Important Covid information

The first tranche of pubs (those able to serve outdoors) have now been allowed to reopen. The rest of our pubs may be permitted to reopen from May 17th.

Pubs providing takeaways continue to be listed on this page.

Those known to have reopened or to be planning to reopen as soon as permitted are listed on this page.


Please tell us if you know of any pubs here ready to reopen when outdoors service is permitted.

One of the county's most northerly parishes (and home to our most northerly pub), Lound was recorded in Domesday as "Lunda". The focal centre is the Mardle [1], a large duck pond, good views of which can be had from inside the pub! A tower mill, built in 1837, has been converted into residential use. Another mill nearby has gone without trace. Traces of what are said to have been prehistoric or Roman-era Lake Dwellings have been found in the area.

A Starfish and QL type bombing decoy was operated in the east of the parish (at TM 525 991) to deflect enemy bombing from the naval base at Great Yarmouth. See Pastscape for more information.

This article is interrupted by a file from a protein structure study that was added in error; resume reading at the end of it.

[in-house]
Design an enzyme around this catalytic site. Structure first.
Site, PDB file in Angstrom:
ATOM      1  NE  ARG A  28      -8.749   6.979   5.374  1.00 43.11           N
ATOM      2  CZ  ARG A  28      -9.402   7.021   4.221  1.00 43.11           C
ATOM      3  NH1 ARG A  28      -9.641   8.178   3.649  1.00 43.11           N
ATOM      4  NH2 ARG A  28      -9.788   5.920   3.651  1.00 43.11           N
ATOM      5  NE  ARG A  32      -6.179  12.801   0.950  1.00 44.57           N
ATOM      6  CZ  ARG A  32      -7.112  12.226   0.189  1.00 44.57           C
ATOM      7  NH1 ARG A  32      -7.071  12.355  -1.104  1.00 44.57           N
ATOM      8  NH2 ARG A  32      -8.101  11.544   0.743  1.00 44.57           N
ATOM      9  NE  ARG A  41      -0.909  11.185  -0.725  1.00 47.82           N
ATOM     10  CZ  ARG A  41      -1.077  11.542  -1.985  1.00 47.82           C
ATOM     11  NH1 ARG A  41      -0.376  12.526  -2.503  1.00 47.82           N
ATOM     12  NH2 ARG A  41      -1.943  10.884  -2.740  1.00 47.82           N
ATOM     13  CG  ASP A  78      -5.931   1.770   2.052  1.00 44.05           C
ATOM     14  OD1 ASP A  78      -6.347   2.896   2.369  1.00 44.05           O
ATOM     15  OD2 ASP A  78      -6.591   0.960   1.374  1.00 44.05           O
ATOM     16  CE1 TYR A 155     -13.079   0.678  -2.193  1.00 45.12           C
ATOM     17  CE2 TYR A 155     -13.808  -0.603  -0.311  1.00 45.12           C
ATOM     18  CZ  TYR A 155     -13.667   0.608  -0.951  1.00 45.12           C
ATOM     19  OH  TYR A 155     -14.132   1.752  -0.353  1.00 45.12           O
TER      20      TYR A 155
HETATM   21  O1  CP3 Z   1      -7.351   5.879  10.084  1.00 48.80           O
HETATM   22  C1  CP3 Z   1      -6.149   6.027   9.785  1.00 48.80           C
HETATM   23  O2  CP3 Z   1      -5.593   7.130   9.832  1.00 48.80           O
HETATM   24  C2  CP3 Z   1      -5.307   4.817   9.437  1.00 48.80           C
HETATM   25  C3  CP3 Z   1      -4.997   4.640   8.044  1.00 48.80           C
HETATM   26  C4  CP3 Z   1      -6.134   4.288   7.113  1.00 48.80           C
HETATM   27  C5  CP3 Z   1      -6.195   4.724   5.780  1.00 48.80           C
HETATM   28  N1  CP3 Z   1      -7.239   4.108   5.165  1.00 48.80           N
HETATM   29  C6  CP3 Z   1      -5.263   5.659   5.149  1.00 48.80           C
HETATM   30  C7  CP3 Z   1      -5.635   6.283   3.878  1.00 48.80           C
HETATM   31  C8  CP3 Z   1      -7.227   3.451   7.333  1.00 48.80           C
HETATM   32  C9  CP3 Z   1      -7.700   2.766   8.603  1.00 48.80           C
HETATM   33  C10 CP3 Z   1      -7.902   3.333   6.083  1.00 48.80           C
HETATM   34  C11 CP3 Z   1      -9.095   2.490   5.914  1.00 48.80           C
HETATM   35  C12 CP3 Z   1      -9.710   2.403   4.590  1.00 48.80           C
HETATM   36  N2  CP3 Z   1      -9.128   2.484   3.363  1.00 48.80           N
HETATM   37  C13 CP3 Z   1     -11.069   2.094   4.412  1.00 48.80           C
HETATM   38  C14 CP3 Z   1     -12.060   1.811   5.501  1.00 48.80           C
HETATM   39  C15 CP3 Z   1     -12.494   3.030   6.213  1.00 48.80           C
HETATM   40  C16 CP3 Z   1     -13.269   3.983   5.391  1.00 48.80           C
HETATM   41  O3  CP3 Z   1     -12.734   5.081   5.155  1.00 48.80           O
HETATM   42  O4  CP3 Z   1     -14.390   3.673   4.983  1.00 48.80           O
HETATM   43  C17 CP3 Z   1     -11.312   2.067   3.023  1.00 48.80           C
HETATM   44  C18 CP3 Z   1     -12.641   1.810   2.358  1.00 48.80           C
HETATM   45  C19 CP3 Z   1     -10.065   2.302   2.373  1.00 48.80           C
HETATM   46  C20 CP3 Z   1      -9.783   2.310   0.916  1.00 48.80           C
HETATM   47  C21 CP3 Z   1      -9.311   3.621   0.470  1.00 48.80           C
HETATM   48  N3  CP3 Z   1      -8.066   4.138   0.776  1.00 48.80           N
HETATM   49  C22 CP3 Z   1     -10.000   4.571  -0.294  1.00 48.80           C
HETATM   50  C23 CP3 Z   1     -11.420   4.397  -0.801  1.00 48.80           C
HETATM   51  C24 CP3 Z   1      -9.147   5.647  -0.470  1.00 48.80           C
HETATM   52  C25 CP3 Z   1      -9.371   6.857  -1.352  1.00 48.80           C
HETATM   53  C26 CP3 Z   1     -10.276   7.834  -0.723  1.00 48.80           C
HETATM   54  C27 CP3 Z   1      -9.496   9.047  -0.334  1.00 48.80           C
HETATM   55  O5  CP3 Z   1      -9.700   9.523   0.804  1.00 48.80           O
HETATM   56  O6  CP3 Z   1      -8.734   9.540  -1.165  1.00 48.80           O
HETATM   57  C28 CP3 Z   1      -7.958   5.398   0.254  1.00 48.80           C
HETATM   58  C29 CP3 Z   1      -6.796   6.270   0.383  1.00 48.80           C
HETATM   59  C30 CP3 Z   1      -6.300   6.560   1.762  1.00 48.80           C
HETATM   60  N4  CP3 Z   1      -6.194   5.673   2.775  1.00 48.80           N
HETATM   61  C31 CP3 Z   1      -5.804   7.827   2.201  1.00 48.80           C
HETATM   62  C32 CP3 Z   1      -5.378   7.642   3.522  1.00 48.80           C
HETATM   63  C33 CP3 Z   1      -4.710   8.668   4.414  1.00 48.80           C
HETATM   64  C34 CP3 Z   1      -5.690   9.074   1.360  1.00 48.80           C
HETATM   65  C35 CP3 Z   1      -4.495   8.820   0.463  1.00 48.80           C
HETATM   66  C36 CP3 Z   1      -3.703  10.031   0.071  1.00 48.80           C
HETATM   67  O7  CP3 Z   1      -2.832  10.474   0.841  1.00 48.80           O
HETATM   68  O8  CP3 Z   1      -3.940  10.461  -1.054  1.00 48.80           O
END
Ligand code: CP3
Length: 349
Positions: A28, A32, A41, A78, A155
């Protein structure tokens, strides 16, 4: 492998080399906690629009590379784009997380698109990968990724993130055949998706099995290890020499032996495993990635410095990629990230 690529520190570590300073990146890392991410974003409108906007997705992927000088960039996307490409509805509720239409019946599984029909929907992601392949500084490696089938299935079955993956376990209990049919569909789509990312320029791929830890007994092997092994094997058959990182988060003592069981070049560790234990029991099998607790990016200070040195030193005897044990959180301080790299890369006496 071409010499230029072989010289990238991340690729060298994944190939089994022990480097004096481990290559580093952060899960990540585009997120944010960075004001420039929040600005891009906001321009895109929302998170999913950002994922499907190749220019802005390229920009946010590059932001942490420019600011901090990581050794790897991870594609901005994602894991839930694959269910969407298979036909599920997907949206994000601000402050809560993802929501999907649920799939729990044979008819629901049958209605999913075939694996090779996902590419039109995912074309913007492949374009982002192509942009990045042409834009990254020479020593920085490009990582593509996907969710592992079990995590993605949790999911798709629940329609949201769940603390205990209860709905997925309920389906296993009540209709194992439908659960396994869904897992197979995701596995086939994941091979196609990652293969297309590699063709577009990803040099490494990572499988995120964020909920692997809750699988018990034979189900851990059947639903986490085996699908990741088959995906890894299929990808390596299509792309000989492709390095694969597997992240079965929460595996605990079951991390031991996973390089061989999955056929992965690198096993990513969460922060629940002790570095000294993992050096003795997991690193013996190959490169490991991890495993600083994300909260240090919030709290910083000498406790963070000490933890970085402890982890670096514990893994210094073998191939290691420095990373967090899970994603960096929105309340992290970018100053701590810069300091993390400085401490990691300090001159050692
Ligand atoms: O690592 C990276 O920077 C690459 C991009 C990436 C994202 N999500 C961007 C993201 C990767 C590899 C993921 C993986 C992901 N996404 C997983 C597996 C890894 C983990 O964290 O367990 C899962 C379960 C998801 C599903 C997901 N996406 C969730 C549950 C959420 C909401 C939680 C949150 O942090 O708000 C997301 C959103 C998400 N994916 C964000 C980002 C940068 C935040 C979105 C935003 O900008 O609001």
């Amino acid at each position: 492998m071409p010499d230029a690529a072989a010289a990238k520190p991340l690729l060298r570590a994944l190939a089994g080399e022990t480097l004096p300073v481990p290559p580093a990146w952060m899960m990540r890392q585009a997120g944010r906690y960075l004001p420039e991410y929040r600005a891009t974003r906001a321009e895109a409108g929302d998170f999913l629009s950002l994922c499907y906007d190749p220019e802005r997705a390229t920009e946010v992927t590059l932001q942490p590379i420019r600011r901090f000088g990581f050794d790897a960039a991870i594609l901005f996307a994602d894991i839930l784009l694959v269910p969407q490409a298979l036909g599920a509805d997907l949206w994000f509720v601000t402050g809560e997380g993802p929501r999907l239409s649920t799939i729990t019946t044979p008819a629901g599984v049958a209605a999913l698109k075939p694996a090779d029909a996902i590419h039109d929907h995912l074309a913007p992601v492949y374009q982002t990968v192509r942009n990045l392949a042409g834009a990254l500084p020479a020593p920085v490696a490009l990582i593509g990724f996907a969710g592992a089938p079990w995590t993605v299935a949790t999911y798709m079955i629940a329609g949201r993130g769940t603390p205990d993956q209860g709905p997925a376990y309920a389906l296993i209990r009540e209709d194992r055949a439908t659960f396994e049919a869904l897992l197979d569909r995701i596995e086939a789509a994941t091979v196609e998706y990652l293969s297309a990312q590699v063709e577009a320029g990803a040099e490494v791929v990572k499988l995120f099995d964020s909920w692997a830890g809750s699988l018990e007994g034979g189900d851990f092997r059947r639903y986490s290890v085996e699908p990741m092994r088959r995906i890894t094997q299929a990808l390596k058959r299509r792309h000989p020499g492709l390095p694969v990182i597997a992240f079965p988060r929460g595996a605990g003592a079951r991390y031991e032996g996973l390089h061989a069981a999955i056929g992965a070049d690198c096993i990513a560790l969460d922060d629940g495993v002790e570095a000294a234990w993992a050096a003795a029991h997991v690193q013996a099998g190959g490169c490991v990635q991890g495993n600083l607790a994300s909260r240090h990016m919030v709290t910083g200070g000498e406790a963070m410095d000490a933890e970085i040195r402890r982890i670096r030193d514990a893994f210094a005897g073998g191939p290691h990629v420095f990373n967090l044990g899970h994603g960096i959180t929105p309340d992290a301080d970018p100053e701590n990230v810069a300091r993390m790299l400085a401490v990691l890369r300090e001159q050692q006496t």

[1] Mardle is a Suffolk dialect word for a conversation. Because cattle and other beasts would stop at a pond to drink when being driven, the drovers would stop and chat. So a mardle also came to mean a pond.




The 1888 Kelly's Directory also lists a beer retailer called James Seeley (& shopkeeper).

The 1891 Census also lists Eliza Seeley (Table Beer Retailer, Street, pub not named, Head/Widow/71y/born Toft Moks, Norfolk) [General shopkeeper in 1881]

The 1891-92 White's Directory also lists 2 beer retailers called Amos Brooks & Mrs Eliza Seeley.

The 1900 Kelly's Directory also lists a beer retailer called Jonas Seeley.

The 1912 Kelly's Directory also lists 2 beer retailers called Arthur Burgess and George Majoram.

The 1916 Kelly's Directory also lists Arthur Burgess (Beer retailer, pub not named) [1911 C…


Some historical information from English Heritage's National Monuments Record.